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J Am Board Fam Med. 2012 Jul-Aug;25(4):432-6. doi: 10.3122/jabfm.2012.04.110259.

A national survey of hemochromatosis patients.

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Department of Family Medicine, Medical University of South Carolina, Charleston, SC 29425, USA.



Hereditary hemochromatosis (HH) is a common genetic disease in the United States, but little is known about the diagnosis from the patient's perspective. The purpose of this study was to characterize the circumstances surrounding the diagnosis of HH and assess treatments and health information needs.


We surveyed US adults aged 18 years and older who were diagnosed with HH after 1996. Response rate was 46%, with a total sample size of 979. Respondents were asked about the use of genetic and clinical markers in their diagnosis, current treatments, and health information needs.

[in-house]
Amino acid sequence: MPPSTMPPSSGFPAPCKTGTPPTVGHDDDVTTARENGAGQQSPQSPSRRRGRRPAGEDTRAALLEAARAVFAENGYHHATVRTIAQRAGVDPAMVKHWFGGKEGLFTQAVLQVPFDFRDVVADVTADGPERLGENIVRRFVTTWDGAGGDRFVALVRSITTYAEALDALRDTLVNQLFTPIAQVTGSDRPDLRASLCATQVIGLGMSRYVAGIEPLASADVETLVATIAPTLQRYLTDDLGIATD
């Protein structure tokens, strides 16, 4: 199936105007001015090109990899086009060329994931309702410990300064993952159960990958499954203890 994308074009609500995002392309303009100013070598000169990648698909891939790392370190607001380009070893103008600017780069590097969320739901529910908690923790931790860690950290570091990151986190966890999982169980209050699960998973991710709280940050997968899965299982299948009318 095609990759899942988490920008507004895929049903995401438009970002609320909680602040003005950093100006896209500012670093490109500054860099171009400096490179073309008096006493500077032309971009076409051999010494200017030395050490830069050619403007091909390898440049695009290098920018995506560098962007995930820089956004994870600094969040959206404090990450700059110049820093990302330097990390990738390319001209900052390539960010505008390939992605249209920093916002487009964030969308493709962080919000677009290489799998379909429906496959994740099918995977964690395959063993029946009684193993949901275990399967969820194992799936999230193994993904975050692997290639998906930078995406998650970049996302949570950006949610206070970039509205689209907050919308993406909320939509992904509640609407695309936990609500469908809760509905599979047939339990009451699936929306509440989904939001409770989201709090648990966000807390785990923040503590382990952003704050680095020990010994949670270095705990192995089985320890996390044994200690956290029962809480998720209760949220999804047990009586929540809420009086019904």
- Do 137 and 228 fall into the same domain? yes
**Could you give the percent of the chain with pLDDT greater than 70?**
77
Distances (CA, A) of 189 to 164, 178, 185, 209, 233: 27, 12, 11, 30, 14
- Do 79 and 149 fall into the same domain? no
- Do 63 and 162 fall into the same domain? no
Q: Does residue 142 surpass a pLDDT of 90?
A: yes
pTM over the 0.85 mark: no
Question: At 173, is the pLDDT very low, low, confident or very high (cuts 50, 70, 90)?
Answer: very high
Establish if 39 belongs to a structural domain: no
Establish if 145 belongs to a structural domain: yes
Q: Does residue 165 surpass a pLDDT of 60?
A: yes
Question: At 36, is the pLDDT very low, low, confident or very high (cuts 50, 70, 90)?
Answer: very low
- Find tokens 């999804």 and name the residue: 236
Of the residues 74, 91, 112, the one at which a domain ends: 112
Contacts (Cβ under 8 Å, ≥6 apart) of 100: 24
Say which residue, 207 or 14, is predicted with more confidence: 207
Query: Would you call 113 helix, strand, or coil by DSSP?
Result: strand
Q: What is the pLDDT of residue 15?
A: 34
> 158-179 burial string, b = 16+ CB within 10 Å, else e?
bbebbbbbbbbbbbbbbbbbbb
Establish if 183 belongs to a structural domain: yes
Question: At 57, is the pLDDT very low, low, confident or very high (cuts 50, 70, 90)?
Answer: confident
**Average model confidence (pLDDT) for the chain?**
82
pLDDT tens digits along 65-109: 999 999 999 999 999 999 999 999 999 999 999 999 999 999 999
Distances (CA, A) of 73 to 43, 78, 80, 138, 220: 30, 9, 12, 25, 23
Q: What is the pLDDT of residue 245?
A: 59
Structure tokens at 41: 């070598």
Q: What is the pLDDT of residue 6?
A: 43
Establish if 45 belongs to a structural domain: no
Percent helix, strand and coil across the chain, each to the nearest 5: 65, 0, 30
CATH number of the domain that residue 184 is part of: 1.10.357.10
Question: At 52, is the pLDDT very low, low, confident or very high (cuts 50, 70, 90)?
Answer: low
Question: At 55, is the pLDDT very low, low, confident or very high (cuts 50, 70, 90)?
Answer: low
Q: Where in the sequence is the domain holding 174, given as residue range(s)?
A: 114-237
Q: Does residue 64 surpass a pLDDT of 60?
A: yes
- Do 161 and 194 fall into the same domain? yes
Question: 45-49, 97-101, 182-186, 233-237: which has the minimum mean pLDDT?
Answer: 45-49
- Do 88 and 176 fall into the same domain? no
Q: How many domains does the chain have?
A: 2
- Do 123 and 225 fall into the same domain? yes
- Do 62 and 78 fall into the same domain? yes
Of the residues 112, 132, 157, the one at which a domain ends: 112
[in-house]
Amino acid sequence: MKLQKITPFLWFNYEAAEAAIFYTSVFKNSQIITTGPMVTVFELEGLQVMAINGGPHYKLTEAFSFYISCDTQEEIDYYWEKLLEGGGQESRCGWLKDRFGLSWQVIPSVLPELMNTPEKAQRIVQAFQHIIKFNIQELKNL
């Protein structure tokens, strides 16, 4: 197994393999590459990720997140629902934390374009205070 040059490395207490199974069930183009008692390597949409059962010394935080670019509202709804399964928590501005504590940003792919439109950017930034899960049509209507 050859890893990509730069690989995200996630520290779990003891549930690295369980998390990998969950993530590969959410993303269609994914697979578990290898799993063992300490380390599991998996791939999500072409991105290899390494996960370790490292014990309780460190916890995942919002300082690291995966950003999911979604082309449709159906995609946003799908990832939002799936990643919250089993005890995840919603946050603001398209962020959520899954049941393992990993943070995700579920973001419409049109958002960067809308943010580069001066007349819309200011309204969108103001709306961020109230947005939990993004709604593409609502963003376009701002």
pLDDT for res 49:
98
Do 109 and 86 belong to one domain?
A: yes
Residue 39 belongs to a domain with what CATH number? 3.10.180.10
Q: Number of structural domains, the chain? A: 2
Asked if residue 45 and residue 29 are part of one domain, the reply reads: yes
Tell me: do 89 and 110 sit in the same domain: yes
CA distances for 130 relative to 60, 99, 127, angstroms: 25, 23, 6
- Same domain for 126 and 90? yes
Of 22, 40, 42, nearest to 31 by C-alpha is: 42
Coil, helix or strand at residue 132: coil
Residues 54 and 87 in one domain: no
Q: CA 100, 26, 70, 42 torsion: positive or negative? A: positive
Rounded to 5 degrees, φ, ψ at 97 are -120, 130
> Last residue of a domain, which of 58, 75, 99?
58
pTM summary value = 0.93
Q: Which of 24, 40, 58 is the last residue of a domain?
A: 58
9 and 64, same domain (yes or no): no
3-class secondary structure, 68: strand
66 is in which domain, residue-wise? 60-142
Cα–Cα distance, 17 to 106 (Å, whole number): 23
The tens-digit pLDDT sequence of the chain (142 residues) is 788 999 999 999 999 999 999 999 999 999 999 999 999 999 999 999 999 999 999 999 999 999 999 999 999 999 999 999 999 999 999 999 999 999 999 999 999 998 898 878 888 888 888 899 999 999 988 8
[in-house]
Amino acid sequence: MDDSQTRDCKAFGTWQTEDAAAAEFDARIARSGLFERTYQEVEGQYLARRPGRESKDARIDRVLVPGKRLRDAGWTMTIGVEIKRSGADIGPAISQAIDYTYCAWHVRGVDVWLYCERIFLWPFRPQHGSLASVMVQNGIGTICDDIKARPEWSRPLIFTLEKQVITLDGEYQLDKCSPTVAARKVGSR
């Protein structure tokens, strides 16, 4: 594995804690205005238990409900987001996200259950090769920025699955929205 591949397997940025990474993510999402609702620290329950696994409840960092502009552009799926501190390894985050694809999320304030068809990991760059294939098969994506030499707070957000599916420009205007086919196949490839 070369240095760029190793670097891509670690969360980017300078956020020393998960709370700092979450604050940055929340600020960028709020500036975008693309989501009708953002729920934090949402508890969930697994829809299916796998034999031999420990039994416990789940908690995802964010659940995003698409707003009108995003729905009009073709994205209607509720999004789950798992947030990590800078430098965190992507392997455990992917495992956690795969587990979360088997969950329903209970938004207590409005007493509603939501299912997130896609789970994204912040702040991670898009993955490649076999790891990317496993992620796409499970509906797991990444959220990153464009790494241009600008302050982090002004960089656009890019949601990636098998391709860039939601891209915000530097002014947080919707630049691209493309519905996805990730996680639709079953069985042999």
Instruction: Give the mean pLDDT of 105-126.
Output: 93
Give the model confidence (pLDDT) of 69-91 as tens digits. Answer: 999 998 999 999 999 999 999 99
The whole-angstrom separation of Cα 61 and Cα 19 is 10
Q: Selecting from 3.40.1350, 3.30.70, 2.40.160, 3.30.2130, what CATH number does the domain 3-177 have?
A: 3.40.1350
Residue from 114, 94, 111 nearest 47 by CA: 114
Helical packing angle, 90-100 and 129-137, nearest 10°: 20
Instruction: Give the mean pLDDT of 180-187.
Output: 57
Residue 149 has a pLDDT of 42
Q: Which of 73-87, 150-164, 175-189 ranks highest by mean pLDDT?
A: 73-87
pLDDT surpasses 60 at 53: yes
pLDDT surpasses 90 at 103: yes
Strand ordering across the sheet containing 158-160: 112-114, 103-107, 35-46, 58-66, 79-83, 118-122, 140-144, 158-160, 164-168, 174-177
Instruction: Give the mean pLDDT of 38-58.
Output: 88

Results were stratified by age, education, and income status. Total of 90.0% of women and 75.5% of men were genetically tested for HH (P < .01). Approximately half (52.5%) were diagnosed by a gastroenterologist, hematologist, or other specialty physician and half were diagnosed by a primary care provider. Most of the respondents thought their HH had improved with the initial treatment and most patients were still receiving treatment for HH. Patient interest in learning more about specific hemochromatosis topics was generally high.


Since the introduction of genetic identification of HH, these tests have been used in the diagnosis of the majority of patients. Primary care physicians may need to be more aware HH and strategies for diagnosis.

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